Whether you're starting a new job or are negotiating an offer, you may be presented with a concept you're otherwise unfamiliar with: the non-compete clause, also known as a "non-compete." Whether it comes as part of a contract or as a stand-alone document, a non-compete is an agreement stating that an employee will not compete with an employer for a given period of time. Companies often require employees to sign non-competes to protect their business interests, but the enforcement of these contracts can be questionable.
How a non-compete works
If you're asked to sign a non-compete, you'll typically be agreeing not to compete with your employer for a specified period of time. That could be six months, a year, or even longer.
What constitutes "not competing?" It varies depending on the contract or clause at hand. In some cases, not competing might mean not working for any company that competes with your employer within a specific radius (say, 50 miles), or not opening your own competing business within a certain timeframe. In other cases, a non-compete might contain a specific list of direct competitors you're not allowed to work for once your current arrangement comes to a close.
Why do companies insist on non-competes?
The main reason companies ask employees to sign non-competes is to protect their business interests. Imagine your company has developed a proprietary system for identifying new customers for online retailers based on certain demographics. If a competing company offers you a job, you might use your knowledge to help it develop a similar system, thus costing your original employer a fair amount of business. A non-compete is designed to protect your company from such an occurrence.
Non-competes are particularly common among high-level executives, because they're the ones who are most likely to be privy to trade secrets or key company data. But these days, employees across all levels are being presented with non-competes. In fact, as of 2014, a good 20% of employees were found to have signed a non-compete agreement.
Non-competes versus non-disclosures
Though non-competes and non-disclosure agreements often go hand-in-hand, they're by no means the same thing. Whereas a non-compete prohibits you from working for a competitor based on preset criteria, a non-disclosure prohibits you from sharing key company information, such as trade secrets, that you obtain over the course of your employment.
If you're asked to sign a non-disclosure agreement but don't have a non-compete in place, you're allowed to work for any employer that wants you once your current arrangement is terminated. However, you'll risk having legal action taken against you if you disclose trade secrets you picked up at your former job to your new employer.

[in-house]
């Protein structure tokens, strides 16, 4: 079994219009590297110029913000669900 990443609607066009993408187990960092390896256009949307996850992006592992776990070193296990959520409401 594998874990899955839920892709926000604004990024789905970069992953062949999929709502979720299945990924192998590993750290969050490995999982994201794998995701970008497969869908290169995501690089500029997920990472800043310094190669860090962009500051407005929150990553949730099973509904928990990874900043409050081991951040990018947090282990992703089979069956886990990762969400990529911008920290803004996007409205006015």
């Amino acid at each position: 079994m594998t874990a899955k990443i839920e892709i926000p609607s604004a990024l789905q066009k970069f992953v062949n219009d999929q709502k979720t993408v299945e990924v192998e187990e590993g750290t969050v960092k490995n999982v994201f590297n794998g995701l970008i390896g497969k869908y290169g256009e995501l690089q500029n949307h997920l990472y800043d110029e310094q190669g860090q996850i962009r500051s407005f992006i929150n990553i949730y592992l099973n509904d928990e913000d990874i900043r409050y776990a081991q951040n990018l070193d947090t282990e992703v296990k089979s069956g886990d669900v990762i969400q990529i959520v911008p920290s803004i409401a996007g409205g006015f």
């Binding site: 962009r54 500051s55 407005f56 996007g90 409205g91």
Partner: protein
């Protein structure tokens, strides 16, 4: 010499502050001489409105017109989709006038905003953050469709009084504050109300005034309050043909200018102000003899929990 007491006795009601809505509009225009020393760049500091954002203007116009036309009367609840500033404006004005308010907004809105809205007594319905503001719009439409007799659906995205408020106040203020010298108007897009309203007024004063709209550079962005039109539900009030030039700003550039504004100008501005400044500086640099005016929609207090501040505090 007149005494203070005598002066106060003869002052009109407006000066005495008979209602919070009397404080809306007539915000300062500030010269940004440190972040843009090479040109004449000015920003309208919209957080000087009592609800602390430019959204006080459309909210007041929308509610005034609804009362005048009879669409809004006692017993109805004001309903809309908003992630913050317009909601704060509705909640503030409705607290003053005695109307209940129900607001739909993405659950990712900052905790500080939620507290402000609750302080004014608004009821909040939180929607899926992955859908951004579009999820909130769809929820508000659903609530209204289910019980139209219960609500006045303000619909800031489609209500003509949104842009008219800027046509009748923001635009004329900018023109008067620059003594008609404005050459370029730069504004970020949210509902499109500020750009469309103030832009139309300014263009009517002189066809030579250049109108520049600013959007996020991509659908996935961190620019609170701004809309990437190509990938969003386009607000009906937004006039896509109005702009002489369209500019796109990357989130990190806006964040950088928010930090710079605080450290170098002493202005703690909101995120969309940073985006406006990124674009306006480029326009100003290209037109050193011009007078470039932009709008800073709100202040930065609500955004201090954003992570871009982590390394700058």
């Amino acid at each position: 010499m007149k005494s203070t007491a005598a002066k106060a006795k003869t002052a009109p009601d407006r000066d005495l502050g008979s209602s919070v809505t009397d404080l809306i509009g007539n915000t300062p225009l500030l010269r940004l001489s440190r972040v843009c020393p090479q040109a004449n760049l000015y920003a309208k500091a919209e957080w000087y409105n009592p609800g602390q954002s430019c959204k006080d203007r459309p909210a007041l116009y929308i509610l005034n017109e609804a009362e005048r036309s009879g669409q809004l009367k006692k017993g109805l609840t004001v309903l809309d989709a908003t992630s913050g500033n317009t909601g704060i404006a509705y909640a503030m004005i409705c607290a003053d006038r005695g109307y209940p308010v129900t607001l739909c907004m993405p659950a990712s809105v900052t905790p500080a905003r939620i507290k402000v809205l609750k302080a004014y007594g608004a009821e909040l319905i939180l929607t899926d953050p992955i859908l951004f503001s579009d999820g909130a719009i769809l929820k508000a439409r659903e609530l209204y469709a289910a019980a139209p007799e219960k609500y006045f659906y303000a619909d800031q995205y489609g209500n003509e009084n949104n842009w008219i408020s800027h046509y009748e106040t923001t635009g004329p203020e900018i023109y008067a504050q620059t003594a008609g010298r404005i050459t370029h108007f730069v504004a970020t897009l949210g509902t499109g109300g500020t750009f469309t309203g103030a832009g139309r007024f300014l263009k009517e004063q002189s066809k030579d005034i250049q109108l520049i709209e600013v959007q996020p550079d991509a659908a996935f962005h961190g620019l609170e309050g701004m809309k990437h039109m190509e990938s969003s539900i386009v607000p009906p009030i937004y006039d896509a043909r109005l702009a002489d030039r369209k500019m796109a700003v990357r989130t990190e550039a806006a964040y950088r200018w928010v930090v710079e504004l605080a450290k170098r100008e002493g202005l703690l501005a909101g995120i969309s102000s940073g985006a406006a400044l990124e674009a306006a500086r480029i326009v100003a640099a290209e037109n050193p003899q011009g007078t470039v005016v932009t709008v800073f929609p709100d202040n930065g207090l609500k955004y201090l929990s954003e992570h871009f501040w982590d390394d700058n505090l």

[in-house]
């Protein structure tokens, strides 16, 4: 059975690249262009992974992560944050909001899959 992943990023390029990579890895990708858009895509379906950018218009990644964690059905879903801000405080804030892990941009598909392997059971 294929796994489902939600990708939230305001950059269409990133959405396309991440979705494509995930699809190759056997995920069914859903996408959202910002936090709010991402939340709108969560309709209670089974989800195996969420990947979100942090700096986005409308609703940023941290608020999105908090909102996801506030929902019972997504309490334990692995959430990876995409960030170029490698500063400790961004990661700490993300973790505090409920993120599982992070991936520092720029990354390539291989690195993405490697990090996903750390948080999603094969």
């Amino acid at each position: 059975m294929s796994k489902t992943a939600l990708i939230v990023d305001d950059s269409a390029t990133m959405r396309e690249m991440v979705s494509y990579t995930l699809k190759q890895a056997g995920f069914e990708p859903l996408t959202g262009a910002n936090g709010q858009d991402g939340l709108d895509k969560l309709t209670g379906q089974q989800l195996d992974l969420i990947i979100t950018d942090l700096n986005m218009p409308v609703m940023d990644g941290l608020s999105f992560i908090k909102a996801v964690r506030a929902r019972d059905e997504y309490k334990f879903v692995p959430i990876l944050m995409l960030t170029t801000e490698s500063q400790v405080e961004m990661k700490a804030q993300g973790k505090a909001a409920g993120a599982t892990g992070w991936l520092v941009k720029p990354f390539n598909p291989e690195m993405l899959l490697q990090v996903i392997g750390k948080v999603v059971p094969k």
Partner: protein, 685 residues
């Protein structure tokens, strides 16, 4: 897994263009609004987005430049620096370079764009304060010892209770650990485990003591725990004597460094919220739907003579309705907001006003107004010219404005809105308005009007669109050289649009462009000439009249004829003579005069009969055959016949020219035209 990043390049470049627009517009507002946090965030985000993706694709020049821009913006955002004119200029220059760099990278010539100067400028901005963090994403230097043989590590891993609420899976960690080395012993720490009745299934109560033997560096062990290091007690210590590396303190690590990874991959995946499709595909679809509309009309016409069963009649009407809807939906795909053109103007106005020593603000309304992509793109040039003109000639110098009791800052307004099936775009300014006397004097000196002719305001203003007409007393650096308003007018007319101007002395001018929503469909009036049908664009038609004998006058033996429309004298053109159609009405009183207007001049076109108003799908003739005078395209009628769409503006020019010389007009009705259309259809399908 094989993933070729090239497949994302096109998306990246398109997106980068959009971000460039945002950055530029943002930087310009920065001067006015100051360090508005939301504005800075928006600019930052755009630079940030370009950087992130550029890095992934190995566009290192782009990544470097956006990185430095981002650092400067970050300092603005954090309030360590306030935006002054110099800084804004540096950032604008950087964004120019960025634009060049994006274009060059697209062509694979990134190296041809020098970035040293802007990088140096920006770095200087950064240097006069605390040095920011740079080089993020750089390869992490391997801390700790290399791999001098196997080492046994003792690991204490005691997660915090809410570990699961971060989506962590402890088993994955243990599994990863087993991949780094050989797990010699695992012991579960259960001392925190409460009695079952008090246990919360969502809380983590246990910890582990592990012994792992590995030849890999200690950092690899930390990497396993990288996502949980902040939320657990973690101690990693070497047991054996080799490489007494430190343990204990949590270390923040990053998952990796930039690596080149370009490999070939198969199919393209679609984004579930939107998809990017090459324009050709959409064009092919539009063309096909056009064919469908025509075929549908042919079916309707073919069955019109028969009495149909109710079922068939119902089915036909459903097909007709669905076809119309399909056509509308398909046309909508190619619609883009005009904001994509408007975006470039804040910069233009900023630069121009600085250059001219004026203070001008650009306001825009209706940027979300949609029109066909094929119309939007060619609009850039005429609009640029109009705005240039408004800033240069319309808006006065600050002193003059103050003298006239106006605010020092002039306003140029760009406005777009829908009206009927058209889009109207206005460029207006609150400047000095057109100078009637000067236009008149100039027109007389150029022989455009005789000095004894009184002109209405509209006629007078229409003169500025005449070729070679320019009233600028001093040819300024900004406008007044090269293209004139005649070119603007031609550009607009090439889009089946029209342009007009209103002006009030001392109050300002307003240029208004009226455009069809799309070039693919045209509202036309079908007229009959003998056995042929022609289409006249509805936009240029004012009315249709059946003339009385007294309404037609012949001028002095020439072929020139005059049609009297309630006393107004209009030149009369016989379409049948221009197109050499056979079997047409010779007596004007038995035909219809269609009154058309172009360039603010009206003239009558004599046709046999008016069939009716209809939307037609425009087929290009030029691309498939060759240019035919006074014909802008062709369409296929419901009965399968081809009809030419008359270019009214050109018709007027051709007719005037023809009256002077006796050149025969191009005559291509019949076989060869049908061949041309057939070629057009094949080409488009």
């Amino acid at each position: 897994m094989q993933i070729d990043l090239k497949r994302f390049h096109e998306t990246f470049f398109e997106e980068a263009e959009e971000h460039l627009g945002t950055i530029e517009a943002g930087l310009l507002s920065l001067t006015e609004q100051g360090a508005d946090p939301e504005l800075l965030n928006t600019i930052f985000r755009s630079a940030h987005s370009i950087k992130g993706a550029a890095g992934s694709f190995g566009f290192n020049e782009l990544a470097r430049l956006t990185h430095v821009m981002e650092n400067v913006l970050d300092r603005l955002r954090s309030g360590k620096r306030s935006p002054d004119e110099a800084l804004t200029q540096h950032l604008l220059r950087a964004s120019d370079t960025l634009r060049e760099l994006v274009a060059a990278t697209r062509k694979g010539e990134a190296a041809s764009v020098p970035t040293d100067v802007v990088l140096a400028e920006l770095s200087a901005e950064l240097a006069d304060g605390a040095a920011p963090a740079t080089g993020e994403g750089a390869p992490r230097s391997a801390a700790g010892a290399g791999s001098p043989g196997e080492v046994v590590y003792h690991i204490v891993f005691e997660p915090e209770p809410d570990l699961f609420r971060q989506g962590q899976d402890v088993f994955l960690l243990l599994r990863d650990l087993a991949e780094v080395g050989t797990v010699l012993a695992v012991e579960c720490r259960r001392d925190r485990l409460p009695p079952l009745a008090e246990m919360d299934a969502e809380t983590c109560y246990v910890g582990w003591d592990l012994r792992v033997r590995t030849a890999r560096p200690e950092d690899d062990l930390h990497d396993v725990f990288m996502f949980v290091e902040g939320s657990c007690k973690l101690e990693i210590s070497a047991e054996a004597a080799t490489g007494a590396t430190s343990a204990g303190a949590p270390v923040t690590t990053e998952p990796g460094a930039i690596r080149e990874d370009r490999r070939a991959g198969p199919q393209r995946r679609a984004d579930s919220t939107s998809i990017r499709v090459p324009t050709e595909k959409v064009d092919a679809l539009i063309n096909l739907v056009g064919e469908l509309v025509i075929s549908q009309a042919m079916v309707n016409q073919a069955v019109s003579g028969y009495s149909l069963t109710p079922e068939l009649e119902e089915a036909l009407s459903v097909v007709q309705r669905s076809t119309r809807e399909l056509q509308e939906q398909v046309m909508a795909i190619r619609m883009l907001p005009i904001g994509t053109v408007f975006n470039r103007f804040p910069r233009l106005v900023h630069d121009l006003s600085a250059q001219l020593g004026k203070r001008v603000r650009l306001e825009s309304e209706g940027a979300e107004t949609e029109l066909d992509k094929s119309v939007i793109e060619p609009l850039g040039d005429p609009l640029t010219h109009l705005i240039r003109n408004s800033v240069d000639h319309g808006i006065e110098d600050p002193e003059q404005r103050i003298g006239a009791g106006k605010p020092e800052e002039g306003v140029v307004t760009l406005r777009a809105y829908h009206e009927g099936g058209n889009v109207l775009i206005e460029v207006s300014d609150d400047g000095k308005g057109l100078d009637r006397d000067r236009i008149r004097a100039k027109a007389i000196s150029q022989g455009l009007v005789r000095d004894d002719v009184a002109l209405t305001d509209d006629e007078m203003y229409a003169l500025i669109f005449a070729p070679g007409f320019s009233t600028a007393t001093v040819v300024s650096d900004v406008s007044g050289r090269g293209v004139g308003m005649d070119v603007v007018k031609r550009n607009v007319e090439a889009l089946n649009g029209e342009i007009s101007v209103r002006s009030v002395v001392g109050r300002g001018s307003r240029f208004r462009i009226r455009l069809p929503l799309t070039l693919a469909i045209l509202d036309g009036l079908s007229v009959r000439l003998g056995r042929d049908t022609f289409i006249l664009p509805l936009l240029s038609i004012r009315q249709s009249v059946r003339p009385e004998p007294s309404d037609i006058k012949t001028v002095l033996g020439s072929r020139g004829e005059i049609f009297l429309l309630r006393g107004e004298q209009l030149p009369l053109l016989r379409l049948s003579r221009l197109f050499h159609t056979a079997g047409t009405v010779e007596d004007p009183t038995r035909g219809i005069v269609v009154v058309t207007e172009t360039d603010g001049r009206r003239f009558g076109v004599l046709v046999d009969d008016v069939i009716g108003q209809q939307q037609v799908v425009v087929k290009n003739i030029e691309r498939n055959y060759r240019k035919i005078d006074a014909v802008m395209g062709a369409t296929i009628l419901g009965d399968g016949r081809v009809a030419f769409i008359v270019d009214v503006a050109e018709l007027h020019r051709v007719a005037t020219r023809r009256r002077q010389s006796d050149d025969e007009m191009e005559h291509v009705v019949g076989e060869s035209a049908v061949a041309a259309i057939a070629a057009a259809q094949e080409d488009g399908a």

Are non-competes enforceable?
Though non-competes can be extremely restrictive, the good news is that they're not always enforceable in practice. Some states, in fact, don't uphold non-competes at all. Still, you can't just sign a non-compete and assume it won't be upheld in court, because you could easily wind up bound to its terms depending on where you live and the nature of the agreement.
The reason non-competes aren't always enforceable is that they can be overly restrictive, and hinder employees' ability to find work and support themselves. That's something most courts take pretty seriously, and so in order to uphold a non-compete, a number of key factors are scrutinized:
- Length of time. A non-compete that covers a six-month period is more likely to be enforced than one covering a two-year period.
- Geographic radius. A non-compete that prohibits employment within a 30-mile radius has a better chance of being upheld than one covering a 200-mile radius.
- Limitations. The extent to which a non-compete limits employees will often play into its enforceability. An agreement that prohibits employees from working for a small list of competitors will generally hold up better than an agreement that's far more vague or broad.
- Reason for the agreement. A non-compete is usually more enforceable if it's designed to protect a specific, legitimate business interest. Since a high-level executive is more likely to pick up trade secrets than an administrative assistant, that executive's non-compete will typically be more enforceable than that of a lower-level employee.
Generally speaking, the more reasonable the non-compete, the better its chances of being upheld in court. If you're asked to sign a non-compete, it's important to review that document carefully and seek outside legal advice if its terms seem overly restrictive. Otherwise, you could end up unemployed for a period of time, and your career might suffer a serious setback.
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